PHYSICS 19: Introduction to Theoretical Physics

Course Description: A comprehensive introduction to the foundations of theoretical physics, with a first-principles approach to its five main areas: analytical dynamics, fields, statistical mechanics, relativity, and quantum theory. Specific topics and examples will include Newtonian mechanics, chaos, celestial mechanics, electromagnetism, the Lagrangian and Hamiltonian formulations, the connection between symmetries and conservation laws, relativistic gravitation, black holes, and quantum information. In-class discussions will regularly address relevant issues in the history and philosophy of physics, as well as the conceptual implications of our modern physical theories for making sense of the world around us.

Course Notes: This course is intended for students from a variety of backgrounds, especially newcomers to physics who are considering further study in the subject, and is an alternative option for students who may be considering Physics 15A or Physics 16. The course is also meant for undergraduate and graduate students in other disciplines—such as math, philosophy, astronomy, biology, chemistry, computer science, and engineering—who are interested in developing a better understanding of theoretical physics either to serve the needs of their academic work or as a first step toward switching their area of study to physics. Cooperation and diversity strengthen our academic community, so the course will prioritize collaboration and aim to provide a welcoming and inclusive environment for students with diverse identities and backgrounds. The instructor will help students form study groups as needed.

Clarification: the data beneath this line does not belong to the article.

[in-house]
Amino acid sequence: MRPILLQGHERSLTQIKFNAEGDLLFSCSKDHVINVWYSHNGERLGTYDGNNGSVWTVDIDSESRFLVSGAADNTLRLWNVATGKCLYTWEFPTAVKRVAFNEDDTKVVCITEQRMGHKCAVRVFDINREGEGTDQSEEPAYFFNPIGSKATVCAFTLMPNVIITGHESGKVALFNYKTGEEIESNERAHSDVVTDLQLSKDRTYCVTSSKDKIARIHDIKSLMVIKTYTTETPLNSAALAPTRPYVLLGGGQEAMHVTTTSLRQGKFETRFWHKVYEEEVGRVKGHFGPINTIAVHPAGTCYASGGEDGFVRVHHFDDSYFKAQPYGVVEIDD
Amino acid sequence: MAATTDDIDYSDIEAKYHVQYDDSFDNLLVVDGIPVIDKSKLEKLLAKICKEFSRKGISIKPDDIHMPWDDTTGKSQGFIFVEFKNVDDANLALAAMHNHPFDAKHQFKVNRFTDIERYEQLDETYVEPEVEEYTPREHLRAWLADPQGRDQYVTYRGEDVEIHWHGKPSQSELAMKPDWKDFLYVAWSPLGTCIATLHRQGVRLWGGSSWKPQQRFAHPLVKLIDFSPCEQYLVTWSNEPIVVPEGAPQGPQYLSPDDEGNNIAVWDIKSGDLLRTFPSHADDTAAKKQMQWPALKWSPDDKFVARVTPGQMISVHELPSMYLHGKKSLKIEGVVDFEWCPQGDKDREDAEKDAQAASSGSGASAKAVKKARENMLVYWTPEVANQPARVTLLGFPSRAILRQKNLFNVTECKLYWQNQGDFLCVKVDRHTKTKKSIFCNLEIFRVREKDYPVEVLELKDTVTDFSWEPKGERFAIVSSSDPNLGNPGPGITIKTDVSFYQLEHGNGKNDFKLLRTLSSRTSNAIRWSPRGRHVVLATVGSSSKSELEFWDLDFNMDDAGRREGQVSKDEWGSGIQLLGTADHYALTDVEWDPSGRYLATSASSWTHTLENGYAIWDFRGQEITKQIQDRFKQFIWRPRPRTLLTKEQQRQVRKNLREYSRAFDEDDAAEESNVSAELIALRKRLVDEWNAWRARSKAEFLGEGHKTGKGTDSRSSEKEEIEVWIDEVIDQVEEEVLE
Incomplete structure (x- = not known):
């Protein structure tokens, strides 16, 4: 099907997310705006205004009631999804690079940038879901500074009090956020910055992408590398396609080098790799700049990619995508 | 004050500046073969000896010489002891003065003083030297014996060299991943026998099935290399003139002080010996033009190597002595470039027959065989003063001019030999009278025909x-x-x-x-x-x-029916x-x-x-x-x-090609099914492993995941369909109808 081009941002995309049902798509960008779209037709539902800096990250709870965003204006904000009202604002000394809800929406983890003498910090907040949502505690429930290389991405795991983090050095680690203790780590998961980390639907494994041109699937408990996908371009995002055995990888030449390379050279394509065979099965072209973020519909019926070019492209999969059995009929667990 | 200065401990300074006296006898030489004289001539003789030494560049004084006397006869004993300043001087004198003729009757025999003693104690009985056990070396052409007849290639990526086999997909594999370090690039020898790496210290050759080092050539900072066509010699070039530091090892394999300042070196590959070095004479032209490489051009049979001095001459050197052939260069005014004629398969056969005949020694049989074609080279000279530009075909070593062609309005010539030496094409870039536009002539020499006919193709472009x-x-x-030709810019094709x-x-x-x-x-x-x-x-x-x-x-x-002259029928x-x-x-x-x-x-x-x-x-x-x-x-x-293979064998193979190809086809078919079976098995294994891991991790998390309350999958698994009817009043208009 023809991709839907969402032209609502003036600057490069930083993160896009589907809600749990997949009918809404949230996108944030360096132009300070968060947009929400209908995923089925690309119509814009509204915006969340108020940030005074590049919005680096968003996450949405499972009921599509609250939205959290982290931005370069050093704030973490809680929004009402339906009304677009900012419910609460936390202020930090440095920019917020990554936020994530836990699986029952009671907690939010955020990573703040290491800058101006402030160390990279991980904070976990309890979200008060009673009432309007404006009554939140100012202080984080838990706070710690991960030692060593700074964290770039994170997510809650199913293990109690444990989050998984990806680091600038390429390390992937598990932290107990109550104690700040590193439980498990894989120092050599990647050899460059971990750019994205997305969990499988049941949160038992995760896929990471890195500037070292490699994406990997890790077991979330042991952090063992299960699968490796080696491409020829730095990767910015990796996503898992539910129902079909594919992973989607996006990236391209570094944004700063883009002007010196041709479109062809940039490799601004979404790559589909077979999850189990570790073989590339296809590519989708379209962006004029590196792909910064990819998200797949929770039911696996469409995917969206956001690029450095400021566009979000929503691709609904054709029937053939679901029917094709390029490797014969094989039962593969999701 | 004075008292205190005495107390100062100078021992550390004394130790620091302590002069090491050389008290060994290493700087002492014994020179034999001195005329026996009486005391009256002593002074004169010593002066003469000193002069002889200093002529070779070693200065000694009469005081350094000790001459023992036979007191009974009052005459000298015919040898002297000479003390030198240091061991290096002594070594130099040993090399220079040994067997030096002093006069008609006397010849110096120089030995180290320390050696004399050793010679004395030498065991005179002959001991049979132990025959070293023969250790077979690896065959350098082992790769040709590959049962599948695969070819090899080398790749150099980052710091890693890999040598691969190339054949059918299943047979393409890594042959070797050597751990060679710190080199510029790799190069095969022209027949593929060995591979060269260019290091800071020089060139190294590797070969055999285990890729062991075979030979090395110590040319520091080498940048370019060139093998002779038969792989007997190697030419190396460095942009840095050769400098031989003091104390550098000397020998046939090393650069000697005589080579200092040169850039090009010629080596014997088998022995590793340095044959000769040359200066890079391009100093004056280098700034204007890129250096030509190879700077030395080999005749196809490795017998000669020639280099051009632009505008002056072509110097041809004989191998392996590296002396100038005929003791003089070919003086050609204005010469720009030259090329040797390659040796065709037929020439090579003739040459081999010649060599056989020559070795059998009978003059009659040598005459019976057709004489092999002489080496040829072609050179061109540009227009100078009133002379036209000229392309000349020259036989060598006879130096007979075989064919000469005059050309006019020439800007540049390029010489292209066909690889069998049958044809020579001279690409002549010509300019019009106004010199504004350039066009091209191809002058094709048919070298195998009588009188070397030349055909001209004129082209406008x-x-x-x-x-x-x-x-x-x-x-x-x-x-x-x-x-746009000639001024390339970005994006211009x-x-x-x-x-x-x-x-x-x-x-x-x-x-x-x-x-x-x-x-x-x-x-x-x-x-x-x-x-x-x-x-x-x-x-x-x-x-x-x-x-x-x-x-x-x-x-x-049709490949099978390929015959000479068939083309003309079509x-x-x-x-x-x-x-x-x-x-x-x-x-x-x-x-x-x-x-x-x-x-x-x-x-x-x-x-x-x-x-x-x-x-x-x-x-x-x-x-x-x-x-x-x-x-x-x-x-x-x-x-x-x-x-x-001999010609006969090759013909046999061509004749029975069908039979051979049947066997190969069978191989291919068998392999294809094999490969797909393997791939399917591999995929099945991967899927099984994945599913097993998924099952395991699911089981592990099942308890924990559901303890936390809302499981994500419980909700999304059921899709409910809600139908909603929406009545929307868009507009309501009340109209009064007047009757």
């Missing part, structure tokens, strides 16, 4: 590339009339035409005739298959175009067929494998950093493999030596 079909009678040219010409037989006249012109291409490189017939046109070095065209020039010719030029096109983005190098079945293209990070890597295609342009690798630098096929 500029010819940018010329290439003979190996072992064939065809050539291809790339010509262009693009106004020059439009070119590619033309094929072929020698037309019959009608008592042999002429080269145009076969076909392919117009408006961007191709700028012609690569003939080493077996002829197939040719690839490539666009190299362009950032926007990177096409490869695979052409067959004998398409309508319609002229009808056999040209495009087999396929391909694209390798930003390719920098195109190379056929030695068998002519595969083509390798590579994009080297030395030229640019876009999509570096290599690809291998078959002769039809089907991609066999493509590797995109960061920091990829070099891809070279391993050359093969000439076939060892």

Recommended Prep: This course will assume a working knowledge of single-variable differential and integral calculus at least at the level of Mathematics 1A, as well as a high comfort level with abstract concepts, but will not assume previous coursework in physics or multivariable calculus. The course will cover relevant topics from vector calculus, complex analysis, linear algebra, and other areas of mathematics as needed, so a familiarity with these subjects, while helpful, will not be required.